- Paperback: 305 pages
- Publisher: Vintage Books (November 30, 1993)
- Language: English
- ISBN-10: 0679745203
- ISBN-13: 978-0679745204
- Product Dimensions: 5.2 x 0.6 x 8.1 inches
- Shipping Weight: 1.4 pounds (View shipping rates and policies)
- Average Customer Review: 391 customer reviews
- Amazon Best Sellers Rank: #4,567 in Books (See Top 100 in Books)
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The English Patient Paperback – November 30, 1993
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From Publishers Weekly
Canadian author Ondaatje offers a poetic novel set in a desolate Italian villa in the final days of WWII--a one-week PW bestseller--and an evocative account of a visit with his family in Sri Lanka.
Copyright 1993 Reed Business Information, Inc.
"A rare and spellbinding web of dreams." —Time
"Sensuous, mysterious, rhapsodic, it transports the reader to another world . . . . Ondaatje's most probing examination yet of the nature of identity." —San Francisco Chronicle
"Mr. Ondaatje [is] one of North America's finest novelists . . . . The spell of his haunted villa remains with us, inviting us to reread passages for the pure pleasure of being there." —Wall Street Journal
Top customer reviews
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But if the book is difficult to read and understand, it is beautifully written. The language is lyrical. At the end of WWII, a young woman, a nurse, winds up living with three men in a bombed out wreck of an Italian Villa. One is The English Patient, hideously burned in a plane crash in Libya, and supposed to be dying. The other three are also victims of the war, although their wounds might be more difficult to see. The interactions of these four damaged survivors are woven into a tapestry as the novel unfolds, beautiful but, at the end, still difficult to comprehend.
The book is presented in three story-lines, independent and intersecting at the same time. That much character development would not have made a good movie.
The story lines of Hana, Kip and Caravaggio are as unique and interesting as that of the English patient whose story brings them all together and intersect. While the Drama of each of their lives could be a story in itself and the specificity of the English patient, strangely, is not even needed to for they story arch...it could have been other things...but the saga of the English patient and the mystery of his life and identity interweaves and drives their more mundane life struggles. It's story, story, story and the English patient's narrative is a powerful driver.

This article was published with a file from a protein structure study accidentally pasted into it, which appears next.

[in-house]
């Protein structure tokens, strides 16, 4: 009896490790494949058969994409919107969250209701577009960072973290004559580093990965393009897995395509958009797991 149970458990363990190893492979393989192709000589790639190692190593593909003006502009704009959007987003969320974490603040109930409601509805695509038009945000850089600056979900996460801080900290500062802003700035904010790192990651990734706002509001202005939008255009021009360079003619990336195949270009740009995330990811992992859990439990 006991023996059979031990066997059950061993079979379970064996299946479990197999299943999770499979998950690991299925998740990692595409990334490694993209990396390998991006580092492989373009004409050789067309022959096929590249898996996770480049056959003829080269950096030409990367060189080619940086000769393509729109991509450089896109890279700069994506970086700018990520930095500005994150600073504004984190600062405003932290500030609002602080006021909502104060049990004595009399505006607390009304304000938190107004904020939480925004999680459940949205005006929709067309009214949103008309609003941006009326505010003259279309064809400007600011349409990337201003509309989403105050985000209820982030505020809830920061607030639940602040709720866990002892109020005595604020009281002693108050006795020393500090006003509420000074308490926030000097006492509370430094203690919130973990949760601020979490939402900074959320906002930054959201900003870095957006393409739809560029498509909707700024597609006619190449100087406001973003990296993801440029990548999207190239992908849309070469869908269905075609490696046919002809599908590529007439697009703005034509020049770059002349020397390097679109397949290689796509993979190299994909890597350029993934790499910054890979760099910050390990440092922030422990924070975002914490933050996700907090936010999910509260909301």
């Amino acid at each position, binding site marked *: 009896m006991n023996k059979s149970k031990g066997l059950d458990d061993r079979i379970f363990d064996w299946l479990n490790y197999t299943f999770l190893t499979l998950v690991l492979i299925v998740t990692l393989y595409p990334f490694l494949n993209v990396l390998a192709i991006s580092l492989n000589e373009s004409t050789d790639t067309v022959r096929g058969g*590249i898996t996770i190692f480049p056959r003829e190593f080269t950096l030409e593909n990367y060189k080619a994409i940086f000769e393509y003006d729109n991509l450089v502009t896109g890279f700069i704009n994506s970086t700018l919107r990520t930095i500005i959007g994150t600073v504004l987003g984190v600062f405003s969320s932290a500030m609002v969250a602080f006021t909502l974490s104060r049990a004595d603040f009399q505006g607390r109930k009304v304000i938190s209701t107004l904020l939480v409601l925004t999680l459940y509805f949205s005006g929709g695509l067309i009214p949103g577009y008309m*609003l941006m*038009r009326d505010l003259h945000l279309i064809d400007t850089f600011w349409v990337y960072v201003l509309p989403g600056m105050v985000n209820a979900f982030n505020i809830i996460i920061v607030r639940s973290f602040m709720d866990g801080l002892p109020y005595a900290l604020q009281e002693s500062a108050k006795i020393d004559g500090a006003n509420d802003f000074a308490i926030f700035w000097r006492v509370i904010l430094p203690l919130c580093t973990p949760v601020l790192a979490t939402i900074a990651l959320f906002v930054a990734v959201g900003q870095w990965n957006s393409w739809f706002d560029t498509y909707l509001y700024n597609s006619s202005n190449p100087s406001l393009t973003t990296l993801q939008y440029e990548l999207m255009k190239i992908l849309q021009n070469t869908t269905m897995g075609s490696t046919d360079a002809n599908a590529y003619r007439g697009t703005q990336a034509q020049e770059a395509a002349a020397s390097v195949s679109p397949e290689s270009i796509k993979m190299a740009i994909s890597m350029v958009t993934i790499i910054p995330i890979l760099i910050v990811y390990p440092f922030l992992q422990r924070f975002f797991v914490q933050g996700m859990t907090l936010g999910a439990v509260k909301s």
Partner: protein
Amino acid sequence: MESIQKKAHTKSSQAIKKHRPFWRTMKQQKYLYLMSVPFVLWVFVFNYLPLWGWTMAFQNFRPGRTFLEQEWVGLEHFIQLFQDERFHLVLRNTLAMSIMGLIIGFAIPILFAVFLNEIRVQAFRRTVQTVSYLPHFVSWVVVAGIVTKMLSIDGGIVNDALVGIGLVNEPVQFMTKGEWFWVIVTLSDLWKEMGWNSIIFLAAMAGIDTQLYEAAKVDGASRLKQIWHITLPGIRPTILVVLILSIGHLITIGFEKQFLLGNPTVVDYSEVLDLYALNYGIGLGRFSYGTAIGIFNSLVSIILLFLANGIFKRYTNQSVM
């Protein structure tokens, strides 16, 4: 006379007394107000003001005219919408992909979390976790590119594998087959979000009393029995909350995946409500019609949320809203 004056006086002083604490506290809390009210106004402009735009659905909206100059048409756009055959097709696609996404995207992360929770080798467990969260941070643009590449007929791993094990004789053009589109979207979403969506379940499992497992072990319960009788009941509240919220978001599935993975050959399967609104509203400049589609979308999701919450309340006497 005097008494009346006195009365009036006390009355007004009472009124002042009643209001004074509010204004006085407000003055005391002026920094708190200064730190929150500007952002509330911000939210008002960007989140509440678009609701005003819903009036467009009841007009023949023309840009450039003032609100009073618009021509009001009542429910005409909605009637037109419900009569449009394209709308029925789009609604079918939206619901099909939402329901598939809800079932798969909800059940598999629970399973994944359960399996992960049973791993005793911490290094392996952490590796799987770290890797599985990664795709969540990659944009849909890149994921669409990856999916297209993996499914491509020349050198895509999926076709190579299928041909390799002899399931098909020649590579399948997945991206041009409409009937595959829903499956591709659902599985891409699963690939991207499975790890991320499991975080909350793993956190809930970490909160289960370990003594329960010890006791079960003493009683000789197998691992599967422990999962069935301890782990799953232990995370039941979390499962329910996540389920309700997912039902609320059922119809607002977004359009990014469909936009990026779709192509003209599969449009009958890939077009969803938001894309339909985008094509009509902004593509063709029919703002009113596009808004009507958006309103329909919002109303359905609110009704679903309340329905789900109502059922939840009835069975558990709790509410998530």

Missing or short-changed in the movie are the deeper story of Hana dealing with the trauma of her father's death, Kip's story of trying to navigate the fallout of colonialism, assimilation, identity and the east-west divide, and Caravaggio's (who's character, along with Hana first appear in a previous book " "In the Skin of a Lion"-they really did grow up together in Canada) who relationship with Hana is infused with tenderness but is confusing to Hana because of unresolved family relationships she is still sorting out...and sought out Hana in Italy (not the English patient-but there are connections there they turn up).
Don't skip the book...it is a good read with characters of depth that you don't often encounter.
I have never read a book that has captivated me in the way that ‘The English Patient’ has. It focuses the reader on the story of five key people from different origins, four of whom the fates of war were sheltering at the end of the Second World War in a ravaged Italian villa with a personality of its own. The tales began early enough to clearly define the origins of these characters and the formation of their values and beliefs. While our period of experience covers no more than a few years, Ondaatje’s introduction to these people is simultaneously both continuous and instantaneous. I could fully feel the hearts and souls of each of these characters at every moment as they lived, felt, loved and evolved around each other. The depth and richness that he infused in each of these characters pulled them together while he shaped them to stand alone on their own merits. While mystery and love surrounded the English patient’s origins, I completely understood his complexities along with those of Hana, Kip and Caravaggio. While Katharine created the source for Almásy’s ferocious passion, Ondaatje’s beautiful style let me feel every moment and emotion of their love, making it both a wonderful and a most enriching experience.
Nature, humanity, war and sensation were also characters that we learned to understand through the precise palate of Ondaatje's prose; you burn with their passion, you smell the villa breathing, the desert vastness overwhelms you, the undetonated bomb is alive, it's Africa, it's antiquity, it's timeless Europe, it's the 1940s, you are living in war, you are there.
Bob Magnant is the author of The Last Transition..., a fact-based novel about Iran. He writes about politics, globalization, the Internet and US policy in the Middle East...